The two clubs are the most successful in Scotland, having won between them 68 Scottish Cups and 94 Scottish League championship titles. Interruptions to their ascendancy have occurred infrequently, most recently with the challenge of the New Firm of Aberdeen and Dundee United in the first half of the 1980s and in the 1950s with the capital sides Hibernian and Hearts. Rangers and Celtic have played each other 386 times, with Rangers winning 154 matches, Celtic 139 matches and 93 draws.
The clubs have large support bases around Glasgow, but also have supporters clubs in most towns throughout Scotland and in many cities around the world, especially in Ireland where the North is mainly a Rangers stronghold while the South is Celtic nuts. The presence of Rangers and Celtic has been estimated to be worth £120 million to the Scottish economy.
The competition between the two clubs has roots in more than just a simple footballing rivalry. It is infused with disputes centred on religion (Catholic and Protestant) and Northern Ireland-related politics (Loyalist and Republican). The result has been an enduring enmity between fans that has been manifested in a history laden with sectarian violence.
Rangers' traditional support was largely, but by no means exclusively, from the Protestant community, while Celtic's was, but by no means exclusively, from those of Irish extraction. Celtic have had a historic association with the Catholic peoples of Ireland, and some Celtic fans sing Irish Republican songs. Rangers fans are traditionally loyalists, with terraces chants that reflect that point of view. One effect is that Scottish flags are relatively rare among supporters; Celtic fans are more likely to wave the Irish tricolour while Rangers fans tend to wave the Union Jack Flag. Also songs to be heard from the terraces will include anti-Pope chants from Ibrox and anti-Queen (the monarch not the band!) songs at Celtic Park.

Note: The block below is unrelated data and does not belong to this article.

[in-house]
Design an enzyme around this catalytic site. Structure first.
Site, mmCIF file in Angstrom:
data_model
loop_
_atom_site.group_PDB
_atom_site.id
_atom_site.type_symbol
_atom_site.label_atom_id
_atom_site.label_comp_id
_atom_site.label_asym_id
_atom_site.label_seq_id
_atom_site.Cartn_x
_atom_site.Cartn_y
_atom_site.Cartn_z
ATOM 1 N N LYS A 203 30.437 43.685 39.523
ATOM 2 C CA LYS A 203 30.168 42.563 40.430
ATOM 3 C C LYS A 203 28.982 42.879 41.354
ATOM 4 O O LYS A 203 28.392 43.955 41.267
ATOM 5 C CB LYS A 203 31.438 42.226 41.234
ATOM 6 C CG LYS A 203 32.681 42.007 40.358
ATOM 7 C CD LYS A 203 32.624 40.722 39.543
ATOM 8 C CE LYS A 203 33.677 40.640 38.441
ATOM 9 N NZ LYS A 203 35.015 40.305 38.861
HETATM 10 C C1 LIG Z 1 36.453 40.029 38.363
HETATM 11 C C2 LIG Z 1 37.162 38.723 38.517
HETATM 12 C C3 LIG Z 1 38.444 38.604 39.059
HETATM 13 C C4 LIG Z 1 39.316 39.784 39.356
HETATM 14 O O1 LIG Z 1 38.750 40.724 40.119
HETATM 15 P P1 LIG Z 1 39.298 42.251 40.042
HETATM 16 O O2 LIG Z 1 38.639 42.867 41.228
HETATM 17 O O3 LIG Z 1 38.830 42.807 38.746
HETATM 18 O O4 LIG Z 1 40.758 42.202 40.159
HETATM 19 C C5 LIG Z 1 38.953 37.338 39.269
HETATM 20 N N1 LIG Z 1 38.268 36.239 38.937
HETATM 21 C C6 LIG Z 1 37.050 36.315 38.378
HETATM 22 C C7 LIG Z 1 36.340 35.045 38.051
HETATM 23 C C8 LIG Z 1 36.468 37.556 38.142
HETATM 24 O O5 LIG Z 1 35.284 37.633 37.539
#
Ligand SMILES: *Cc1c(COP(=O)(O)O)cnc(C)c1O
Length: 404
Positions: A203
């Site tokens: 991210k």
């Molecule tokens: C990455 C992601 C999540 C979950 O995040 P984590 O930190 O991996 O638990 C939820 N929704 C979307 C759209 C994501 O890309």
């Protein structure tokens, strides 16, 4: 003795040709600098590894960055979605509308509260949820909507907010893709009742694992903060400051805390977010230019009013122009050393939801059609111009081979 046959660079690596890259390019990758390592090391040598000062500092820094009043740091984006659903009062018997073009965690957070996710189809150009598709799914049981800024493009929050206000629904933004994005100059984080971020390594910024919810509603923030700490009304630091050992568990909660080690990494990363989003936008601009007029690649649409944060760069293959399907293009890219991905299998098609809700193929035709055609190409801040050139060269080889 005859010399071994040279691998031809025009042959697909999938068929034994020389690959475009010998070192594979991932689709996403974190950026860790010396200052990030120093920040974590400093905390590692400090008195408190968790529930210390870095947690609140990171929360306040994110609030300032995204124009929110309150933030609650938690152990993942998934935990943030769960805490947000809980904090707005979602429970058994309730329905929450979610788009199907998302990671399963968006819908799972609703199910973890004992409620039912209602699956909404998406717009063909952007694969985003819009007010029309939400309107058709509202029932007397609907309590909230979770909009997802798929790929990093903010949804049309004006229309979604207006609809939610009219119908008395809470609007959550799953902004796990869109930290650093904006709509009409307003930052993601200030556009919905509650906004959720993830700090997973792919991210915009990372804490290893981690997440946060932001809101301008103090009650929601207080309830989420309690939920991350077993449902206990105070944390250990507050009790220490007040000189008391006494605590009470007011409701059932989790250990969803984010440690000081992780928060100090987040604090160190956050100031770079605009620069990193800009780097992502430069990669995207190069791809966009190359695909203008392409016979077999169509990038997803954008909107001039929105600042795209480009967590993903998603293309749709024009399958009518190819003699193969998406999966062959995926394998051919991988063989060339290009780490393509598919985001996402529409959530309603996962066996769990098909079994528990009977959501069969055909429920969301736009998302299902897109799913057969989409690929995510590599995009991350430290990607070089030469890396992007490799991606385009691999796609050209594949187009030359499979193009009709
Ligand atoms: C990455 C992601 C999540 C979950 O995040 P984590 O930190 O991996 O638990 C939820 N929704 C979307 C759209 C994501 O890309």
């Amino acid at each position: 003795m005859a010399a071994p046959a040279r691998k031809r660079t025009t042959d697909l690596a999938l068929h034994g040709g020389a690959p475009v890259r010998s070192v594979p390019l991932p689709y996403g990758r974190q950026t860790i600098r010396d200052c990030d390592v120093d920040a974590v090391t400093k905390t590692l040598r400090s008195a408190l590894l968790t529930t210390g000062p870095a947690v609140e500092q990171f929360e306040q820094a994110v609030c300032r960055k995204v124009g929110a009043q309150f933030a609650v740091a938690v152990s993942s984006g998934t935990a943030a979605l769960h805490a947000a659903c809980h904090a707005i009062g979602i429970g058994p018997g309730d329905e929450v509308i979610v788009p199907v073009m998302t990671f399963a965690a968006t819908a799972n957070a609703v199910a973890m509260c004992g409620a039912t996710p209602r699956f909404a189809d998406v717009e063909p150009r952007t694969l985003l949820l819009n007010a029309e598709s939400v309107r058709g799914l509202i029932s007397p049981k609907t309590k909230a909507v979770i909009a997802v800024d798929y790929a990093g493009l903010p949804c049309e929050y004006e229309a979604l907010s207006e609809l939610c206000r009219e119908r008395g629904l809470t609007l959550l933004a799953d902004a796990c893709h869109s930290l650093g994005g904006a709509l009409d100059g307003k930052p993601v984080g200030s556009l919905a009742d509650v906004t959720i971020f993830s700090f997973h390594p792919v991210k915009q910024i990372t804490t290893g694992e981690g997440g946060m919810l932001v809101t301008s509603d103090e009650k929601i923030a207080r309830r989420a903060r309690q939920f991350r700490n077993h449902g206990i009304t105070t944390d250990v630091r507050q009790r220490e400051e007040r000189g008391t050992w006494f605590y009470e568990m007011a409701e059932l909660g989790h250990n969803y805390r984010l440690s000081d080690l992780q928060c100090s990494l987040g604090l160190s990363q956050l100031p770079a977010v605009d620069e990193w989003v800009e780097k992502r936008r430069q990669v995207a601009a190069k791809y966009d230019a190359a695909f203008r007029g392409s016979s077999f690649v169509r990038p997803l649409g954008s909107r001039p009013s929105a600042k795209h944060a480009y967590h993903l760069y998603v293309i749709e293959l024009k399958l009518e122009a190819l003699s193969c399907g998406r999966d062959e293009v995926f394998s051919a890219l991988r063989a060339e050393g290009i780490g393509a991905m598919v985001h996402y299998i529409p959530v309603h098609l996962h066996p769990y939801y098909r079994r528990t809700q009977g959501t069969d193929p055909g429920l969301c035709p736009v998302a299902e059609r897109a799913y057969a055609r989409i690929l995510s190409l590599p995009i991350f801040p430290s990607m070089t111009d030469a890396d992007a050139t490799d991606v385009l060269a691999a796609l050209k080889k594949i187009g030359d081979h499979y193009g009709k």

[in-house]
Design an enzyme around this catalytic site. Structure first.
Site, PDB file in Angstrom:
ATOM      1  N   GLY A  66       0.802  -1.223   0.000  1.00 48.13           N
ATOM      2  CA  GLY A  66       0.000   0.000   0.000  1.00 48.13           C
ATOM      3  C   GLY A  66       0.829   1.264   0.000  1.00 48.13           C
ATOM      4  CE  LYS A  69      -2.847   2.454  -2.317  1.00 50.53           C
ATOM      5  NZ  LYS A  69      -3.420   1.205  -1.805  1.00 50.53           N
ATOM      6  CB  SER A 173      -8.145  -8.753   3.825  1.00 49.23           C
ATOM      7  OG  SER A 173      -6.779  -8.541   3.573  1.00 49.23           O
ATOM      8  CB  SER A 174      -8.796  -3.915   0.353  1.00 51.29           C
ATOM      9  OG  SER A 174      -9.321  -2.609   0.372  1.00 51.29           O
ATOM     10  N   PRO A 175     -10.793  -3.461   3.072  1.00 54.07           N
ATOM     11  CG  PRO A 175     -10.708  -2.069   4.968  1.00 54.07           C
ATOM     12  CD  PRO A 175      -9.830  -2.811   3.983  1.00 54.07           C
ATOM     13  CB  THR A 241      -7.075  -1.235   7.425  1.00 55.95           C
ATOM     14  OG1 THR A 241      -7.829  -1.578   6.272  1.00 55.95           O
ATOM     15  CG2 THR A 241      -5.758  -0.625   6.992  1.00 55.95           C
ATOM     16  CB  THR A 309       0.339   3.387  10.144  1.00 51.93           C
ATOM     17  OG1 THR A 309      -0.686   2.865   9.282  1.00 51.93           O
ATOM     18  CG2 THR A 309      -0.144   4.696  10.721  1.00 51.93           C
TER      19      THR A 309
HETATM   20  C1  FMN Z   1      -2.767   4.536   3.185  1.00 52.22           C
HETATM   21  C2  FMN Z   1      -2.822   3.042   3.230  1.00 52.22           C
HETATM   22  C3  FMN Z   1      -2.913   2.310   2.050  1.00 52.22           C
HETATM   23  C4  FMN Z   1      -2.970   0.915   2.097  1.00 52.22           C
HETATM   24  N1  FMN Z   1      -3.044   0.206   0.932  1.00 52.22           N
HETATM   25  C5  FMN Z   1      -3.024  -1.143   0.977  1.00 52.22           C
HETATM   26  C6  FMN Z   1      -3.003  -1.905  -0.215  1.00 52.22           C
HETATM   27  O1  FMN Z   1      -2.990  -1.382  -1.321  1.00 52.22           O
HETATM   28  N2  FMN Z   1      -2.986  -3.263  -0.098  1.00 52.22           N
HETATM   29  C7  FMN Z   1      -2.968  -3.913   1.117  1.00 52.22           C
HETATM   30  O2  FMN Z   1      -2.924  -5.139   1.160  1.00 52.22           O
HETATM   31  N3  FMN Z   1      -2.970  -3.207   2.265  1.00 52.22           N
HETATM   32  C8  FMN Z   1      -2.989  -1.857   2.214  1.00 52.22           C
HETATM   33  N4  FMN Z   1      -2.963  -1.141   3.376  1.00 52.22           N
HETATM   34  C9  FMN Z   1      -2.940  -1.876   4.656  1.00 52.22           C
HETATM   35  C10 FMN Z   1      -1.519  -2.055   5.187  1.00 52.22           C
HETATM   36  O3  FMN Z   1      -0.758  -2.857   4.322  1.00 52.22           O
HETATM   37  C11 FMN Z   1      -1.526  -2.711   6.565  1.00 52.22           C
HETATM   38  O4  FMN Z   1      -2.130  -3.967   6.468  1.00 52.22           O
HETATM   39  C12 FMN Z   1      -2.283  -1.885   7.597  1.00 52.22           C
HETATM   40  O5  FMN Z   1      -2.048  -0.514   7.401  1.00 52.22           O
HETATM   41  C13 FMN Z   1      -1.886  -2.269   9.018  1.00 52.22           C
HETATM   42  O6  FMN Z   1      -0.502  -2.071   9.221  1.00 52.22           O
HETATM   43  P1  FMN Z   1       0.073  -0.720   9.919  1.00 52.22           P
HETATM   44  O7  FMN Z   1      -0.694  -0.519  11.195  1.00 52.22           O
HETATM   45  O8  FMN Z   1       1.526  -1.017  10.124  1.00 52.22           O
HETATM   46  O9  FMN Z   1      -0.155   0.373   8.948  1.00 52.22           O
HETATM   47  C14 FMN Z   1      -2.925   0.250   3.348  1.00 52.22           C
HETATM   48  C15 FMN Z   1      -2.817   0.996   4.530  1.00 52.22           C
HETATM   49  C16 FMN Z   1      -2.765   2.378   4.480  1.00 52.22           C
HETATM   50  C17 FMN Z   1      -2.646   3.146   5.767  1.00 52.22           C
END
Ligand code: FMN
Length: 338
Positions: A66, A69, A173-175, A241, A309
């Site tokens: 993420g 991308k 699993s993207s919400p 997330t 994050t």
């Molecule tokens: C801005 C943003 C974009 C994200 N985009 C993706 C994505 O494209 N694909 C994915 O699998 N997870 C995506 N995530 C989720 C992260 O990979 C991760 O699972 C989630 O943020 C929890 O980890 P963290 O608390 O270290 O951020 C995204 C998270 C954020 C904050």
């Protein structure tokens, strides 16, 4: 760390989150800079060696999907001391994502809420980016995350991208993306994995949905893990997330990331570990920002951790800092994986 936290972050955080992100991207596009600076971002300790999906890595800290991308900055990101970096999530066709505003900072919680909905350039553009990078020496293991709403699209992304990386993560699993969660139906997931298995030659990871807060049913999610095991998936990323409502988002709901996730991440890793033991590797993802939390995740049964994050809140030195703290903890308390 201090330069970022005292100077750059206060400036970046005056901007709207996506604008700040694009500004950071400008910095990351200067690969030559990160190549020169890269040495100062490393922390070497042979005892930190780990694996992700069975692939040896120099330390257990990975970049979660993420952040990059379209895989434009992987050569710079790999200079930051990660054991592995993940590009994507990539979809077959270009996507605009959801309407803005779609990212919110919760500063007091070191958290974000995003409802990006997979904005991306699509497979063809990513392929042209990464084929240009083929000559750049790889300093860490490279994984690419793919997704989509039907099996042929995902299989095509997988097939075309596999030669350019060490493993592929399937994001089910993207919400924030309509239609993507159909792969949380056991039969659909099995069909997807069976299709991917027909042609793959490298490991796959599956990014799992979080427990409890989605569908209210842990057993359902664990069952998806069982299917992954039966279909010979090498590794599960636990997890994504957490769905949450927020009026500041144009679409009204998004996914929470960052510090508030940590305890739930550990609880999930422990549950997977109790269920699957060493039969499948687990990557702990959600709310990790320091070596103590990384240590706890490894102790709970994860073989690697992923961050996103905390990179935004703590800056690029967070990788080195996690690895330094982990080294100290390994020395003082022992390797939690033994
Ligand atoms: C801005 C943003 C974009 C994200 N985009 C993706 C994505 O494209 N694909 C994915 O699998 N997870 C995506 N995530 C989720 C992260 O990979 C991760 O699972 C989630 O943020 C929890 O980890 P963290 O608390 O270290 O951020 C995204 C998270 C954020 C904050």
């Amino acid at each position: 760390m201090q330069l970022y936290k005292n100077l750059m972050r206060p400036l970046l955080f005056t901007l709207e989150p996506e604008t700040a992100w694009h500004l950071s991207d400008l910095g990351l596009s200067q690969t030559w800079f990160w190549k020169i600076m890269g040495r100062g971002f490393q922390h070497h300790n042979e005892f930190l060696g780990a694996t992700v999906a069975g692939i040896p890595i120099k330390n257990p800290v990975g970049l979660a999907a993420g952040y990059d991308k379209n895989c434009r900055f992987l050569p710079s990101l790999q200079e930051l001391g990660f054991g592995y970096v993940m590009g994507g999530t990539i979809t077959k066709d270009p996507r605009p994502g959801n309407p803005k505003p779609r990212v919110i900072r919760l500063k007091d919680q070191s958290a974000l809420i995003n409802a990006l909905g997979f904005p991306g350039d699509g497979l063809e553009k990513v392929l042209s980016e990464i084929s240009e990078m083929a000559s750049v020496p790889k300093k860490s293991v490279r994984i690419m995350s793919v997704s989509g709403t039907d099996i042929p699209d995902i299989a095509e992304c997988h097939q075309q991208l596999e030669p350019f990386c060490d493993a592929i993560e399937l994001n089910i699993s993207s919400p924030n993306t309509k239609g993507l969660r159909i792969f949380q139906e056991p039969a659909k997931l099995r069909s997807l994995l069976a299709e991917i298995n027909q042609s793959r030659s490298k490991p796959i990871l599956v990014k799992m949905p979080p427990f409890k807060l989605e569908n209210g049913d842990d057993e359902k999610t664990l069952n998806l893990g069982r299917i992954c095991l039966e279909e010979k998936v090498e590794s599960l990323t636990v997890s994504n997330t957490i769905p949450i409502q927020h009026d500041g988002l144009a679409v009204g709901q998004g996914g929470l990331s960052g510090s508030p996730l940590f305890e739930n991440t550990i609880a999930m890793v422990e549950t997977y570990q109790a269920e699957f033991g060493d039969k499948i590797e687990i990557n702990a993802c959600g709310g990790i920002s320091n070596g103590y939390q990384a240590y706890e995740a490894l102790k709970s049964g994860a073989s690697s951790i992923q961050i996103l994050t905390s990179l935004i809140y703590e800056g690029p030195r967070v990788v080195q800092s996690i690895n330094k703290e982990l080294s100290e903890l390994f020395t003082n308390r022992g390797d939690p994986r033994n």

Celtic dominated the mid 1960's to the mid 1970's, winning 9 league titles in a row and collecting the European Cup in 1967 by beating Inter Milan. This was under the legendary leadership of manager Jock Stein. Rangers pulled some pride back by winning the title in consecutive seasons in 74' and 75', but the 80's was a disappointing decade for the Blues as the title was shared around by Celtic, Dundee Utd and Alex Ferguson's Aberdeen.